Video[edit | edit source]
The project was done for Humboldt State University's Appropriate Technology class of Spring 2018.
Abstract[edit | edit source]
Upgrading the Rainwater Catchment system will involve several factors. First will be emptying out the catchment and first flush tanks and thoroughly cleaning all debris. It will involve taking apart all pipes, cleaning out debris, and reinstalling the pipe on the other side of the driveway as to not obstruct the driveway. Posts will be put into the ground to support the pipes and grapes will be grown at the foot of the posts in order to make the most use out of the posts. The catchment tank will also be rotated 180 degrees in order for the hose attachment to be used at an easier angle for CCAT co-directors and community members.
Background[edit | edit source]
Engineering 305 students will be fixing the current Rainwater Catchment system currently at Humboldt State University's Campus Center for Appropriate Technology.The current rainwater catchment system was built by previous engineering 305 students but is currently not in use due to several issues.
Problem statement[edit | edit source]
The objective of this project is to make the rainwater catchment system usable and practical as a form of demonstration on water collection and conservation. This objective should be fulfilled by fixing the current problems of the current non functioning rainwater catchment system. The main problem to the system is that people keep turning off the drain for the first flush of catchment which means the dirty water is not draining and is clogging the system. Another issue that will be resolved is the problem of spacing. The pipes currently cross the driveway and obstruct the walkway for pedestrians.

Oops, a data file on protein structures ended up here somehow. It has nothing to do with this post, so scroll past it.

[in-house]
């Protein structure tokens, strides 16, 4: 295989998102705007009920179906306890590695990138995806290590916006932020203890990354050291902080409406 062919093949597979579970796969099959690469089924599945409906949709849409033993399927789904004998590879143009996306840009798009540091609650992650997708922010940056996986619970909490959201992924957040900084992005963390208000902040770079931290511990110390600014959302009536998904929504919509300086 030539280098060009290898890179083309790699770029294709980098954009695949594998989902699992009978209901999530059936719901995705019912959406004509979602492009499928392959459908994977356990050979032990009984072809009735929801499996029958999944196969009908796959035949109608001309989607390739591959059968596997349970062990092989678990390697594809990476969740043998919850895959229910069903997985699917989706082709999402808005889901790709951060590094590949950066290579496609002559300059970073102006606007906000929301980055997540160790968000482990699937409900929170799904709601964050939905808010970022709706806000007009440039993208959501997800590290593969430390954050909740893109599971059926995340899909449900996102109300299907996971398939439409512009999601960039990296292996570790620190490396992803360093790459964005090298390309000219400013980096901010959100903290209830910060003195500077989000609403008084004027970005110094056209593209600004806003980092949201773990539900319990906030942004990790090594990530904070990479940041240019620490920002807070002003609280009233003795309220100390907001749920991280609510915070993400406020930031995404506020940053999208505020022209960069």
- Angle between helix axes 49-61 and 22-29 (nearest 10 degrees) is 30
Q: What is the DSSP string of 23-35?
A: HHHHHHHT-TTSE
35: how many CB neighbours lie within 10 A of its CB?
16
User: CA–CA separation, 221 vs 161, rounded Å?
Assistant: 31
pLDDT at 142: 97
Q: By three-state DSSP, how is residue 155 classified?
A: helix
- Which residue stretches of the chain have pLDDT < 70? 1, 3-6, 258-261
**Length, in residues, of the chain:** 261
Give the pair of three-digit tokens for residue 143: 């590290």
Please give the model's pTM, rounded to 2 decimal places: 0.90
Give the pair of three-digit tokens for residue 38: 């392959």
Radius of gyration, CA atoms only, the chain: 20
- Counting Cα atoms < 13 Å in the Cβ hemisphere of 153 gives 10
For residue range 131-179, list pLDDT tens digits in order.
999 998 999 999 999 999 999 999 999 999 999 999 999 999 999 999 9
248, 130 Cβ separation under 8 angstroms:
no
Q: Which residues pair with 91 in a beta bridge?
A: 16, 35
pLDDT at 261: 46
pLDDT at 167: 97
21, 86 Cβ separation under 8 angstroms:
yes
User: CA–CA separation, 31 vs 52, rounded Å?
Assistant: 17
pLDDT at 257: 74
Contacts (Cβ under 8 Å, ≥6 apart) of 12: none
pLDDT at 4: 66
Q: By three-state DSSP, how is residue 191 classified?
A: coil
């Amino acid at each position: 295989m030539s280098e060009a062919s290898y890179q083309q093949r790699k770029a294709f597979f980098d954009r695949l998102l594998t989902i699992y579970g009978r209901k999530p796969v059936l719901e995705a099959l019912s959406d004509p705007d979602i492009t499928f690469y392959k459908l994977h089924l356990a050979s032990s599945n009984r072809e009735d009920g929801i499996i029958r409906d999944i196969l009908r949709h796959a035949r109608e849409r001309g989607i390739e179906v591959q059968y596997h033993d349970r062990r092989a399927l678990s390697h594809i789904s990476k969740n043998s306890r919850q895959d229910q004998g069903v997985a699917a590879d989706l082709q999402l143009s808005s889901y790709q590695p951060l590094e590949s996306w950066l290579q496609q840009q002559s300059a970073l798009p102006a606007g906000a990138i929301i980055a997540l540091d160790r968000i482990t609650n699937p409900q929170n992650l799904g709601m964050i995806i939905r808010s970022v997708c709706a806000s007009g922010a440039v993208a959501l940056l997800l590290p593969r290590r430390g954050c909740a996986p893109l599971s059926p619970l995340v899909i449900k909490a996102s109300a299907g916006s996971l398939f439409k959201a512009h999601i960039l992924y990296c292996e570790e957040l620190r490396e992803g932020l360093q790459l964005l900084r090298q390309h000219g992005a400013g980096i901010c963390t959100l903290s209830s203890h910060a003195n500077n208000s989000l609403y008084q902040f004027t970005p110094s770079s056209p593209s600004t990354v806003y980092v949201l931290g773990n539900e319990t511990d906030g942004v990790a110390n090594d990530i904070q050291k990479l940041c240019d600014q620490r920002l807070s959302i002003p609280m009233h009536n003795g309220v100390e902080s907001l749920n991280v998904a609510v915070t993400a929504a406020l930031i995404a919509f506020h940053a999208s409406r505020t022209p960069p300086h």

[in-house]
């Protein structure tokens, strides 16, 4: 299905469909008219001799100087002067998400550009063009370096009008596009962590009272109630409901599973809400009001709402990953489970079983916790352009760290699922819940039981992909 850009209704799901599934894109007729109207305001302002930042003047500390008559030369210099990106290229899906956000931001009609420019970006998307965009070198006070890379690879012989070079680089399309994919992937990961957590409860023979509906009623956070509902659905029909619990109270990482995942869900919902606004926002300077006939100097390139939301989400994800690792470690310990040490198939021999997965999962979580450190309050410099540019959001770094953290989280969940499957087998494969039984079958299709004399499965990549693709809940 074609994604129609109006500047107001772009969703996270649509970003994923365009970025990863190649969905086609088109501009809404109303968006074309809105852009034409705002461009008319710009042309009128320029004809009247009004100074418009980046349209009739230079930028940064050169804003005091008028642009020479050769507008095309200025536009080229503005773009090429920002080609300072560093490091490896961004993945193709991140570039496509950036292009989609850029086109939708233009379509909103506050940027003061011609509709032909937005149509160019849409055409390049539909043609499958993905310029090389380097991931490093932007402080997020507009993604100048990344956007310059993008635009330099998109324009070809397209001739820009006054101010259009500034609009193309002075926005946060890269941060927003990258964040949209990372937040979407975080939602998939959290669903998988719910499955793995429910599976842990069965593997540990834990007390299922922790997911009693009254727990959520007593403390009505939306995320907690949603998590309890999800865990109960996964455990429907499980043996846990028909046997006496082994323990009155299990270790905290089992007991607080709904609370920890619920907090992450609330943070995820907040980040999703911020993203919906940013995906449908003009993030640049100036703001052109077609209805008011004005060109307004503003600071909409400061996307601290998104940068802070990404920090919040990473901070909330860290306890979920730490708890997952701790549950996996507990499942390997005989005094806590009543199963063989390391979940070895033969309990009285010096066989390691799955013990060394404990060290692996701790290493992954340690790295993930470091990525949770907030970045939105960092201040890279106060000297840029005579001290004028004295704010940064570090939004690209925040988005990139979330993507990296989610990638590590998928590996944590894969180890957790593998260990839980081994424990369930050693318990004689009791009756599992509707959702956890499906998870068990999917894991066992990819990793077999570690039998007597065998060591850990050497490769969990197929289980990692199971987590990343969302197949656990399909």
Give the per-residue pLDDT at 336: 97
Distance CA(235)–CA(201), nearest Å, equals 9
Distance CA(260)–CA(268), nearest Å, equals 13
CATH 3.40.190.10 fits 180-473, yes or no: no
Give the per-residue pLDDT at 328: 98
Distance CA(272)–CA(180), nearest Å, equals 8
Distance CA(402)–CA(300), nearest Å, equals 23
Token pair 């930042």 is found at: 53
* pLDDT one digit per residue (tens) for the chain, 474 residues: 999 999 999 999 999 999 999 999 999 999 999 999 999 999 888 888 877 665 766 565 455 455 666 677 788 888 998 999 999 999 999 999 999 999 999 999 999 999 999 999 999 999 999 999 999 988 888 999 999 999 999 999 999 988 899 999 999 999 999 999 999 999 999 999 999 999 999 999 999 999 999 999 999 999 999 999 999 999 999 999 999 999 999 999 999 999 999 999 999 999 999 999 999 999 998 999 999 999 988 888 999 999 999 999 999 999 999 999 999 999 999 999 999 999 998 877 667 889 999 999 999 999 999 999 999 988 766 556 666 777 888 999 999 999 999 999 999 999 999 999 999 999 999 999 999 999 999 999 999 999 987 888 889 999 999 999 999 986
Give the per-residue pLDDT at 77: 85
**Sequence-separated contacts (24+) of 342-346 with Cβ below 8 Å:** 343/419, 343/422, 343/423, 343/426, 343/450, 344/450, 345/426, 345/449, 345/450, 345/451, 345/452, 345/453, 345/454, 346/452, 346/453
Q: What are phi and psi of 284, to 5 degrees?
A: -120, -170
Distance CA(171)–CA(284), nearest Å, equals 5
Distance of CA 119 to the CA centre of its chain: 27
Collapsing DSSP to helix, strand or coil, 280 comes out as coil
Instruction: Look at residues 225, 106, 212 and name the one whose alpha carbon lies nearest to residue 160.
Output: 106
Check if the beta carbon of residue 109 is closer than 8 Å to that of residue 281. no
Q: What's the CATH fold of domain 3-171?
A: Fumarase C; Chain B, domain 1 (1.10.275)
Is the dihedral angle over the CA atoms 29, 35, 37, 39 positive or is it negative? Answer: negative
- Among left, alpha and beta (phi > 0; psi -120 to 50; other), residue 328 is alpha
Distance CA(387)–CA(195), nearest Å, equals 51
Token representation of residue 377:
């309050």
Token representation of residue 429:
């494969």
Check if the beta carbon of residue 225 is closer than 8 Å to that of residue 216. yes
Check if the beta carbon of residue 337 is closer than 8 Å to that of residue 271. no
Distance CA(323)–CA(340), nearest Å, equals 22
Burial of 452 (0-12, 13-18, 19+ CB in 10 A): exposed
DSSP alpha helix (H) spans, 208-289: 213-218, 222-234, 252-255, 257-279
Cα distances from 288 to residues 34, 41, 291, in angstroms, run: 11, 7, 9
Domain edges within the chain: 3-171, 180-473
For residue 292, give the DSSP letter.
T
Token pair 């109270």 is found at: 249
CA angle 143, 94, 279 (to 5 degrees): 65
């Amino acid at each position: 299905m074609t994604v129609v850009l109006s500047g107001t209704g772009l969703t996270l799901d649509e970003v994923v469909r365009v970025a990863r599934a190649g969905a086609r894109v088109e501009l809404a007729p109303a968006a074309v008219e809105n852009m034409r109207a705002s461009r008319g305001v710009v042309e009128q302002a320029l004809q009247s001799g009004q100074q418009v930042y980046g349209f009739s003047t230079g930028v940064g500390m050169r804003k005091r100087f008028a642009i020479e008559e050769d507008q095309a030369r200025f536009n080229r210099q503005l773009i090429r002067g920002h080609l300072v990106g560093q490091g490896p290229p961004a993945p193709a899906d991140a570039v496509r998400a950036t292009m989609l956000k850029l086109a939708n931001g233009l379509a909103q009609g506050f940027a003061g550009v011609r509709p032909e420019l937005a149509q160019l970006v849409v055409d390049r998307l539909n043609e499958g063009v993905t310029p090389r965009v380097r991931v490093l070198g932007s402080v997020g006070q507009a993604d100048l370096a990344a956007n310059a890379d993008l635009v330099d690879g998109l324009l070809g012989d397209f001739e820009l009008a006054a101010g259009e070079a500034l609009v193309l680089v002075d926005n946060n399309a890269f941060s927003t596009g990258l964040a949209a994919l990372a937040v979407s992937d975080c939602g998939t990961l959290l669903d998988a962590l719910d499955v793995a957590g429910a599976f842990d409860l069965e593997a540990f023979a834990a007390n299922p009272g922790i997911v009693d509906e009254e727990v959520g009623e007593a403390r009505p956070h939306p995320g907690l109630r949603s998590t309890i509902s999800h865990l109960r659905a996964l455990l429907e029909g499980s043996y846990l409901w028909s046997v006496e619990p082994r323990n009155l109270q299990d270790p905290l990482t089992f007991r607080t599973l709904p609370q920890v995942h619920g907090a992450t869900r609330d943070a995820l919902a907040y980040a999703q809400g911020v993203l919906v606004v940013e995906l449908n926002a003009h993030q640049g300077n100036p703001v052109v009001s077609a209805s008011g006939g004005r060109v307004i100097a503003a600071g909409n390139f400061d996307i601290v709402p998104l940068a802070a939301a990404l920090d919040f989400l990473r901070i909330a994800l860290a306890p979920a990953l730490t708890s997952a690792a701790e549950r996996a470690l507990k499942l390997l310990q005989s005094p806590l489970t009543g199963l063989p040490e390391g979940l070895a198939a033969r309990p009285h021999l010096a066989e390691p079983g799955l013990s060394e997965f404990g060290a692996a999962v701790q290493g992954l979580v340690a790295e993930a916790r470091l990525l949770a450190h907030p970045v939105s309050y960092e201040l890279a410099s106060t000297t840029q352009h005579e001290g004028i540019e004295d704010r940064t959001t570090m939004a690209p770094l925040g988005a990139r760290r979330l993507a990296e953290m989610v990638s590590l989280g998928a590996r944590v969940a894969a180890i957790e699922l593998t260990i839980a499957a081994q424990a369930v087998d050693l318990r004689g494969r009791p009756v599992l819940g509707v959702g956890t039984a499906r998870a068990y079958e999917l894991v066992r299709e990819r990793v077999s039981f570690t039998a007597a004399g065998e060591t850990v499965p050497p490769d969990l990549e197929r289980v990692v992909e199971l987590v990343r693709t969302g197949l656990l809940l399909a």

Evaluation Criteria[edit | edit source]
The following Criteria will be used to assess the success of this project. These criteria were chosen based on the suggestions of the project coordinator as well as the diligent students who are working on the catchment system. The scale (1-10) represents the importance level of meeting the constraint of each listed criteria.
|Safety||Meets or exceeds OSHA standards|
|Usability||10 foot radius of water usability|
|Sustainability||100% made up of reused materials|
|Water Catchment percent||95% caught to overflow|
|Cost||CCAT budget 2018|
|Community access||Anyone can access the water|
|Lifespan/ durability||5 years durability|
Literature Review[edit | edit source]
Rainwater Catchment[edit | edit source]
The Rainwater Catchment system at Humboldt State University's CCAT house demonstrates how roof space can be used to capture rainwater for cleaning tools, watering plants and other practical uses.It is meant to demonstrate how students can build, design, and implement a system which catches water for the CCAT house. Catchment and storage of water through a rainwater catchment system means not only can CCAT save money on water, but CCAT can make use of water which will naturally fall into the drain for practical uses on the property.
CCAT[edit | edit source]